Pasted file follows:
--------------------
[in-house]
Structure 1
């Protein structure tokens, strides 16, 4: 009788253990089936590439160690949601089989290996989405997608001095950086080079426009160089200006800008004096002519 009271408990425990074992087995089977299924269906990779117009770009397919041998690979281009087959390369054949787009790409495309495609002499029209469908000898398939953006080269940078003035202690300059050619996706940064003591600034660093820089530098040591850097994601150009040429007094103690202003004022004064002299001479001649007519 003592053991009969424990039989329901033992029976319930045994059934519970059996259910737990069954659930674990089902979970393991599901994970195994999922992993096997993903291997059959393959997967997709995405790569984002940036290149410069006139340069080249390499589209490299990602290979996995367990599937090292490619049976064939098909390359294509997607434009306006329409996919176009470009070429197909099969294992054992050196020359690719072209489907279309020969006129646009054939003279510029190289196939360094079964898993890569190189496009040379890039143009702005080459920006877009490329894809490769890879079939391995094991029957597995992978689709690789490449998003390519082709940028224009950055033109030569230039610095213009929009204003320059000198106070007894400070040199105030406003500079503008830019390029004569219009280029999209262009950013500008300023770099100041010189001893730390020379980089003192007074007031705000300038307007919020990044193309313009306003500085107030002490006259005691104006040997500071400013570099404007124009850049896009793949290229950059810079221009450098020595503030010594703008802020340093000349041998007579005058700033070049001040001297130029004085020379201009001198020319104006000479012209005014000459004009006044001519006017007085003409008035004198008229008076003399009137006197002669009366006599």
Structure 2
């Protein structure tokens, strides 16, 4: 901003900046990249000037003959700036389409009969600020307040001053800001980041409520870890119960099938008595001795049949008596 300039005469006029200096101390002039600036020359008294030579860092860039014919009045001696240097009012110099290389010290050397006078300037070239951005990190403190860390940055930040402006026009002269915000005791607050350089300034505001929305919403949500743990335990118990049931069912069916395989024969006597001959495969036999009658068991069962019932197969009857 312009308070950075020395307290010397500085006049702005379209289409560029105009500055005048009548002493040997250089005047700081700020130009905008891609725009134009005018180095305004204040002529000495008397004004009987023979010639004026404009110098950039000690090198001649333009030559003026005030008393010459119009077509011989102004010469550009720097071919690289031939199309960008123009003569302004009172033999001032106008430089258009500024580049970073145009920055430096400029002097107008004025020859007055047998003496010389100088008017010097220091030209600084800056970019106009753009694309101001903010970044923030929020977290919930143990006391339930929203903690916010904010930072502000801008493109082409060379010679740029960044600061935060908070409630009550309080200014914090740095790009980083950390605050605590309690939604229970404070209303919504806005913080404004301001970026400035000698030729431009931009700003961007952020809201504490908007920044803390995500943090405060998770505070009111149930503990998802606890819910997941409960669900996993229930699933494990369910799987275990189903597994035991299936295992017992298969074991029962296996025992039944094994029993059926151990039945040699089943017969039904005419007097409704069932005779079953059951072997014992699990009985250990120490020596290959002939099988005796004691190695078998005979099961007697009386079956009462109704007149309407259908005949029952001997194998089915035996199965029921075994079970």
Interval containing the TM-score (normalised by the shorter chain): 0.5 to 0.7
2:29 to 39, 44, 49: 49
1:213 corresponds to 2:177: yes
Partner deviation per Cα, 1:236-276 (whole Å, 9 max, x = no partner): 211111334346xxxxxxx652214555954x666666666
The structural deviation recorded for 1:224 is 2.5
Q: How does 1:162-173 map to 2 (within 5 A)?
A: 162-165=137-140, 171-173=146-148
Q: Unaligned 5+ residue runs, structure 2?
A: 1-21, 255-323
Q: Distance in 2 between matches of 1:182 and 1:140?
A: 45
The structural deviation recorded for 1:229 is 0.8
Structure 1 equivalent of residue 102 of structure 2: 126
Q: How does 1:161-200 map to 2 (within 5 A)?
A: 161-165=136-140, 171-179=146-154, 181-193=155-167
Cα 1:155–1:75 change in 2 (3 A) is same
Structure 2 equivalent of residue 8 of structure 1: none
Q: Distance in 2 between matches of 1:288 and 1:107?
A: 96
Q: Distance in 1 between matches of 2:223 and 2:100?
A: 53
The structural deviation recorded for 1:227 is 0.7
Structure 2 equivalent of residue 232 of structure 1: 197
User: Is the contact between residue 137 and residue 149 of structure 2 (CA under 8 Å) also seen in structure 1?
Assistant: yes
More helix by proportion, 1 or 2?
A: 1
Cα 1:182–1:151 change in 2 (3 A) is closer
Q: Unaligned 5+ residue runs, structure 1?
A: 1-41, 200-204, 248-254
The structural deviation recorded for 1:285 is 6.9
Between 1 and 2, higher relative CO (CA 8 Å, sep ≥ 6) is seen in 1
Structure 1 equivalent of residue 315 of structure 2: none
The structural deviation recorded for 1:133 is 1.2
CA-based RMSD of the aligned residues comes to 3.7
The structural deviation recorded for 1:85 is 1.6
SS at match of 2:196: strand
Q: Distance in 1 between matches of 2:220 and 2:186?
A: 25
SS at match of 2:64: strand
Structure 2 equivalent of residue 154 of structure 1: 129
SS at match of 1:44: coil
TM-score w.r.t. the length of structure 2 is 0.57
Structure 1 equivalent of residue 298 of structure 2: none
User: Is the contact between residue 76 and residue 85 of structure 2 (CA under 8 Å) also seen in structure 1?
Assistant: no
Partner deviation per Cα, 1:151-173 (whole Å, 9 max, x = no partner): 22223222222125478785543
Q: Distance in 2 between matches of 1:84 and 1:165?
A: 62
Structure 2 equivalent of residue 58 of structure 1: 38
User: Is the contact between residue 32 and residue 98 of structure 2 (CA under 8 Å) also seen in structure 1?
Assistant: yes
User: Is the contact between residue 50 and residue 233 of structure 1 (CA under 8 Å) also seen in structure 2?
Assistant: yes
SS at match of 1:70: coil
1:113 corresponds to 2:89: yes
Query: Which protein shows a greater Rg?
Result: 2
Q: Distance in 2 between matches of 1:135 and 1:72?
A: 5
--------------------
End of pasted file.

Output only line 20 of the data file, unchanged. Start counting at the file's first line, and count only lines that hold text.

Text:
A: 161-165=136-140, 171-179=146-154, 181-193=155-167